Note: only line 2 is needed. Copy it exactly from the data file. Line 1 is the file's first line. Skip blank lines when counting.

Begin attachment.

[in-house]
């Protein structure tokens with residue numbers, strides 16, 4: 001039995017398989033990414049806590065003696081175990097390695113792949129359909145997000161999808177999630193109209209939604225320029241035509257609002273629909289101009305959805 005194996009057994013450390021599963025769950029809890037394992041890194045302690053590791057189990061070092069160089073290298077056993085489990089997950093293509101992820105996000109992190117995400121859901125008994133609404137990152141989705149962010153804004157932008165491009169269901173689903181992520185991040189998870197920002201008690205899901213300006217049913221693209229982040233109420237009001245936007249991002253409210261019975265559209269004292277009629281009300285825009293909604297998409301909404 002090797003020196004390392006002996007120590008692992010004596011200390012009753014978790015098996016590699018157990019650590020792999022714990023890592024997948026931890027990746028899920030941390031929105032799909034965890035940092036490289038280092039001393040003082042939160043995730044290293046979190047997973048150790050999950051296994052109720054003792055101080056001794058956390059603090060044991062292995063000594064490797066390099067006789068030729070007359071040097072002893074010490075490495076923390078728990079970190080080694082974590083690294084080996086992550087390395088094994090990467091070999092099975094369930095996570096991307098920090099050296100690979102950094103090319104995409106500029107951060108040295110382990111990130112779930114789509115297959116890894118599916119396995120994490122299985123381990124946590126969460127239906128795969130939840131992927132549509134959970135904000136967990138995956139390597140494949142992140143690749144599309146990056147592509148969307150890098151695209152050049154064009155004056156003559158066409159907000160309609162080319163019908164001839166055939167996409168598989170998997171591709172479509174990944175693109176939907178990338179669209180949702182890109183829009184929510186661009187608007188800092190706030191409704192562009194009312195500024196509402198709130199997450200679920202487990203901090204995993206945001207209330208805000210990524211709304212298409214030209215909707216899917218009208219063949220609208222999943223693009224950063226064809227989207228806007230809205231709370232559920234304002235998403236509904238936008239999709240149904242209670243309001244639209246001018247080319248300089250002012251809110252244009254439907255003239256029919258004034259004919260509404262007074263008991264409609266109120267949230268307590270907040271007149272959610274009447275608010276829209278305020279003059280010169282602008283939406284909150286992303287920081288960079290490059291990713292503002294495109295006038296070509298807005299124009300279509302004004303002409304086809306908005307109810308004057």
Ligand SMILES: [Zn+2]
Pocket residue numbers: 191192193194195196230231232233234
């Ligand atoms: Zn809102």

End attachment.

């Protein structure tokens with residue numbers, strides 16, 4: 001039995017398989033990414049806590065003696081175990097390695113792949129359909145997000161999808177999630193109209209939604225320029241035509257609002273629909289101009305959805 005194996009057994013450390021599963025769950029809890037394992041890194045302690053590791057189990061070092069160089073290298077056993085489990089997950093293509101992820105996000109992190117995400121859901125008994133609404137990152141989705149962010153804004157932008165491009169269901173689903181992520185991040189998870197920002201008690205899901213300006217049913221693209229982040233109420237009001245936007249991002253409210261019975265559209269004292277009629281009300285825009293909604297998409301909404 002090797003020196004390392006002996007120590008692992010004596011200390012009753014978790015098996016590699018157990019650590020792999022714990023890592024997948026931890027990746028899920030941390031929105032799909034965890035940092036490289038280092039001393040003082042939160043995730044290293046979190047997973048150790050999950051296994052109720054003792055101080056001794058956390059603090060044991062292995063000594064490797066390099067006789068030729070007359071040097072002893074010490075490495076923390078728990079970190080080694082974590083690294084080996086992550087390395088094994090990467091070999092099975094369930095996570096991307098920090099050296100690979102950094103090319104995409106500029107951060108040295110382990111990130112779930114789509115297959116890894118599916119396995120994490122299985123381990124946590126969460127239906128795969130939840131992927132549509134959970135904000136967990138995956139390597140494949142992140143690749144599309146990056147592509148969307150890098151695209152050049154064009155004056156003559158066409159907000160309609162080319163019908164001839166055939167996409168598989170998997171591709172479509174990944175693109176939907178990338179669209180949702182890109183829009184929510186661009187608007188800092190706030191409704192562009194009312195500024196509402198709130199997450200679920202487990203901090204995993206945001207209330208805000210990524211709304212298409214030209215909707216899917218009208219063949220609208222999943223693009224950063226064809227989207228806007230809205231709370232559920234304002235998403236509904238936008239999709240149904242209670243309001244639209246001018247080319248300089250002012251809110252244009254439907255003239256029919258004034259004919260509404262007074263008991264409609266109120267949230268307590270907040271007149272959610274009447275608010276829209278305020279003059280010169282602008283939406284909150286992303287920081288960079290490059291990713292503002294495109295006038296070509298807005299124009300279509302004004303002409304086809306908005307109810308004057």